So last week after reading Having Trouble Envisioning Your Dream Life? Make an Incredible Vision Board in 7 Easy Steps you were so inspired you finished your dream board that night, right?
All kidding aside, having a vision board is wonderful, but what exactly do you do with it?
What the Research Says About Visualization
The main purpose of having a vision board is to allow you to spend time each day envisioning areas of your life that you want to improve. You want to feel the feelings you would have if that goal were already accomplished. The more detail you can affiliate with that goal, the better.
Research shows that “… mental practices can enhance motivation, increase confidence and self-efficacy, improve motor performance, prime your brain for success, and increase states of flow – all relevant to achieving your best life!” (Quote taken from Seeing Is Believing: The Power of Visualization)
In other words, there is scientific research that proves visualization increases the likelihood of your goals becoming reality. Your brain will keep working on your goals even after you complete your visualizing. It will begin noticing opportunities you might normally walk right by.
You will become more motivated and make choices that align with your goals. (For me that means a little less snacking in front of the TV and a little more writing.)
A routine will give you a better chance of actually using your vision board on a daily basis. Once your routine becomes habit it is something you hardly even think about.
Make these times consistent so that they become a part of your daily routine. Nick even keeps pictures of our board on his phone so that we can visualize while on vacation!
In addition to a routine, placement of your board is important. Find a prominent place where it is easy to see. Look at it and make the effort to visualize at least twice a day. It usually takes me around 5 minutes to visualize each time I do it.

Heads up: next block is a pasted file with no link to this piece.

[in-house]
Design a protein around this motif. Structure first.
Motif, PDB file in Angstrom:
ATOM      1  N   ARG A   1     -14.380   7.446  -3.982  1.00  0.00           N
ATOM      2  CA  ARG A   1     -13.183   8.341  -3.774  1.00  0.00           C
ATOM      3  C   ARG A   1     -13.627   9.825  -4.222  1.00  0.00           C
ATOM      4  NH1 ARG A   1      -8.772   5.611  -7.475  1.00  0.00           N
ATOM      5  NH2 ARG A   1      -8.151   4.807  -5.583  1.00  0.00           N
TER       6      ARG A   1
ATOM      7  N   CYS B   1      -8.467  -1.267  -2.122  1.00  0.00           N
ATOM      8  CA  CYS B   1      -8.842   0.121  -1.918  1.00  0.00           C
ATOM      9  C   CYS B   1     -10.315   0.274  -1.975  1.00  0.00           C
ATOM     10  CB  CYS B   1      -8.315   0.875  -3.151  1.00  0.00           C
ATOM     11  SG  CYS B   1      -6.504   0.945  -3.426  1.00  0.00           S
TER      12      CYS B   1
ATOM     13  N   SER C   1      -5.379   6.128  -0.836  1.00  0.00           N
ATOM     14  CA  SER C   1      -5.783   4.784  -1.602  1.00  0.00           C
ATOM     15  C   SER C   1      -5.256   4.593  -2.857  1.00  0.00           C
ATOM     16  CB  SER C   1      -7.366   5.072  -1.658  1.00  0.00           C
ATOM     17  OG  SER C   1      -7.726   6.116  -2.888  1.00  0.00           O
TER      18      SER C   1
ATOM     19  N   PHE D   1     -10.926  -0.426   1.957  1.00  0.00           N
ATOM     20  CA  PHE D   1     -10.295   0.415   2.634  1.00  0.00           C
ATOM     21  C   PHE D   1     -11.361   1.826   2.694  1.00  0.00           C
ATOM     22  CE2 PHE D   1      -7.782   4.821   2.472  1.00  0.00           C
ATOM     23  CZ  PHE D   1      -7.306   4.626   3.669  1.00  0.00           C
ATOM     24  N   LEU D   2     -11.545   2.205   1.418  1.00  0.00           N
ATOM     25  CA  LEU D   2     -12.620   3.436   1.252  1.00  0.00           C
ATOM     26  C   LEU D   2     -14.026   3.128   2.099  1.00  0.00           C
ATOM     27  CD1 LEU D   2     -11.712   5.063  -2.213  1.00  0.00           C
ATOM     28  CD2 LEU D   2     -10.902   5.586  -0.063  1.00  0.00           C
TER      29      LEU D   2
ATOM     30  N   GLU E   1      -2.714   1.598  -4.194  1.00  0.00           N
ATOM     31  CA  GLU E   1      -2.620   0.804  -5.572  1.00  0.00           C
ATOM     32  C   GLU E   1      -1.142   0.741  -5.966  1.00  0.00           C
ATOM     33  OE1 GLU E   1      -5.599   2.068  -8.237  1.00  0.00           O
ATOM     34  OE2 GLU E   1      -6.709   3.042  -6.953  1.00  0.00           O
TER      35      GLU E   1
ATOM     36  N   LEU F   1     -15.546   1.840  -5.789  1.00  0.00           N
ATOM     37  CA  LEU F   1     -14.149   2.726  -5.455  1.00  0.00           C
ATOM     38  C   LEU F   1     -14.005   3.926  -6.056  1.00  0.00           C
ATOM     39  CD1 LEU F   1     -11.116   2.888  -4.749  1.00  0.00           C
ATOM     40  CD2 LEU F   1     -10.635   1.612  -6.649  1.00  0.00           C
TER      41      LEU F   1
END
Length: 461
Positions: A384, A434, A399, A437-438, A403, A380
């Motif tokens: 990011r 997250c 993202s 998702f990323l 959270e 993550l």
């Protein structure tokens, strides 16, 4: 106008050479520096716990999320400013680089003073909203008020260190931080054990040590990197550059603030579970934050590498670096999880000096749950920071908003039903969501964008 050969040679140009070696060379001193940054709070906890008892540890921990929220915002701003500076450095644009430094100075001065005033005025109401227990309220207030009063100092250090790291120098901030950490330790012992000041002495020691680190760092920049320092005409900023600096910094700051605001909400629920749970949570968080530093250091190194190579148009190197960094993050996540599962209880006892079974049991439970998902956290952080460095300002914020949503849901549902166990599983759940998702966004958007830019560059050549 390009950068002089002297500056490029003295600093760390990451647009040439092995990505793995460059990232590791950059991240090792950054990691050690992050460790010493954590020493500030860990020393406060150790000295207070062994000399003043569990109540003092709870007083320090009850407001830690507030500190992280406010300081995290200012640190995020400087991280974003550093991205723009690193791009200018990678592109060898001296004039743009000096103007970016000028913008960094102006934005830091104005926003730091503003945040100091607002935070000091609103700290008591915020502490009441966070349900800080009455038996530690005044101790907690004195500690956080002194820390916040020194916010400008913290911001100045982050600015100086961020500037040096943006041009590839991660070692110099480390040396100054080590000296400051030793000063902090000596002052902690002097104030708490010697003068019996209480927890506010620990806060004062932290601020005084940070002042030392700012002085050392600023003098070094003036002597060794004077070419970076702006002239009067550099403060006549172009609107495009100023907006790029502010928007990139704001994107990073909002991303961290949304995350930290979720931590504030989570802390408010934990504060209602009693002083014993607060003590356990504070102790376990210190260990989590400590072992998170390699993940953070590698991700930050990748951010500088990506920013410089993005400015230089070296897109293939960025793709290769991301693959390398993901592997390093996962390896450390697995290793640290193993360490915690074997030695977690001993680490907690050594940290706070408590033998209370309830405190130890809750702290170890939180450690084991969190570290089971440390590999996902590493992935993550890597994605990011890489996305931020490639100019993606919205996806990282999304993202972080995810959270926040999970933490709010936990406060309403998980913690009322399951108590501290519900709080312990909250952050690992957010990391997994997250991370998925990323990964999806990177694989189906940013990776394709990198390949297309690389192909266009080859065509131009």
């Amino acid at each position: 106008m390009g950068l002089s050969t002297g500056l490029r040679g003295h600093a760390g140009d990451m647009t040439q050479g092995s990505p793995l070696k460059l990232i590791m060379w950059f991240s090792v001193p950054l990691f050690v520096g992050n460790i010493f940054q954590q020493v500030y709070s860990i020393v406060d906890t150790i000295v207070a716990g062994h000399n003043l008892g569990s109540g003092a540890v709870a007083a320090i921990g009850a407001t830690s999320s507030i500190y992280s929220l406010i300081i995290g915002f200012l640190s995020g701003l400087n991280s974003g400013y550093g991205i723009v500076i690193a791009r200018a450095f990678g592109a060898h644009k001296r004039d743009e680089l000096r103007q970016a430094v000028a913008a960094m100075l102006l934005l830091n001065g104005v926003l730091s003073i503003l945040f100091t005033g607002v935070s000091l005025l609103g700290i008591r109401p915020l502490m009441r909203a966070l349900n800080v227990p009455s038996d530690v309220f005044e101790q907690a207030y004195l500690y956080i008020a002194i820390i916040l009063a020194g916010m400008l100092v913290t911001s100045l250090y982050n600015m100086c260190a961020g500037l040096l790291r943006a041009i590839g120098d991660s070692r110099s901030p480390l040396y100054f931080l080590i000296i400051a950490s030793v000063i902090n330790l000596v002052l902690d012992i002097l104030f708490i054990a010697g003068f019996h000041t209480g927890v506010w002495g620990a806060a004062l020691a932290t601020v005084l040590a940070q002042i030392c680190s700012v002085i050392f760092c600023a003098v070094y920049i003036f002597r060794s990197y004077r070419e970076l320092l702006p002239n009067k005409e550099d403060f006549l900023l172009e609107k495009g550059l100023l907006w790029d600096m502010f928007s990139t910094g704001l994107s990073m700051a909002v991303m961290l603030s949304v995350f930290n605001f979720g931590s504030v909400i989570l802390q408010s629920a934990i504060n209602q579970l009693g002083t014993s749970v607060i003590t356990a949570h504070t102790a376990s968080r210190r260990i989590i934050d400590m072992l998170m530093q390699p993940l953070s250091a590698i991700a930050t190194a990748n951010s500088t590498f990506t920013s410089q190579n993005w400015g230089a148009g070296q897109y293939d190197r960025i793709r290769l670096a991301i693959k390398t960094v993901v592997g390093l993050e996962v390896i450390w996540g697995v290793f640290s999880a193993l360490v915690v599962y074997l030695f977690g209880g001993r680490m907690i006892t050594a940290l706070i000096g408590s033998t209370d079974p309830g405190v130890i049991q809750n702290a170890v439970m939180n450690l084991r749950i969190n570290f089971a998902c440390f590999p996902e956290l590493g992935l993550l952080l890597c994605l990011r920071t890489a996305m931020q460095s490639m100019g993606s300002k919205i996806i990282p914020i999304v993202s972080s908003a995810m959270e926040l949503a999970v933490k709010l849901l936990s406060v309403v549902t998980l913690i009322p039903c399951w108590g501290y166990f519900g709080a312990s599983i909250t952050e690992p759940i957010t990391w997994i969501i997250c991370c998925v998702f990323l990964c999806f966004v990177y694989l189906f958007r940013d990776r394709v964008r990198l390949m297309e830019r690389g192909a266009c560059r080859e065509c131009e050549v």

(Important note: If you’re creating a vision board with someone else, it is more impactful to visualize together.)
Optimum visualization times are in the morning, right after getting out of bed and in the evening, right before going to bed. Morning visualizations lead you to start the day right. You may be more open to opportunities that come your way throughout the day.
Visualizing before bed allows your brain to work on your goals as you sleep. Have you ever studied for a test right before bed, and upon waking up realized you knew the content better than you expected? Your brain is still active while you slumber and is working toward your goals!
A Final Note
Each person’s vision board is unique. It is designed with the goals you have in mind at that moment. As time passes it is important to reassess your goals and update or create a new vision board as necessary.
Nick and I created a new vision board 8 – 9 months after displaying our first board. We simplified it by renaming some of the categories to be more all-encompassing. We added more of our own pictures to help us visualize with even more feeling.
After 6- 12 months, reevaluate your vision board. Is it time for an update?
What’s one thing everyone must know about your vision board process?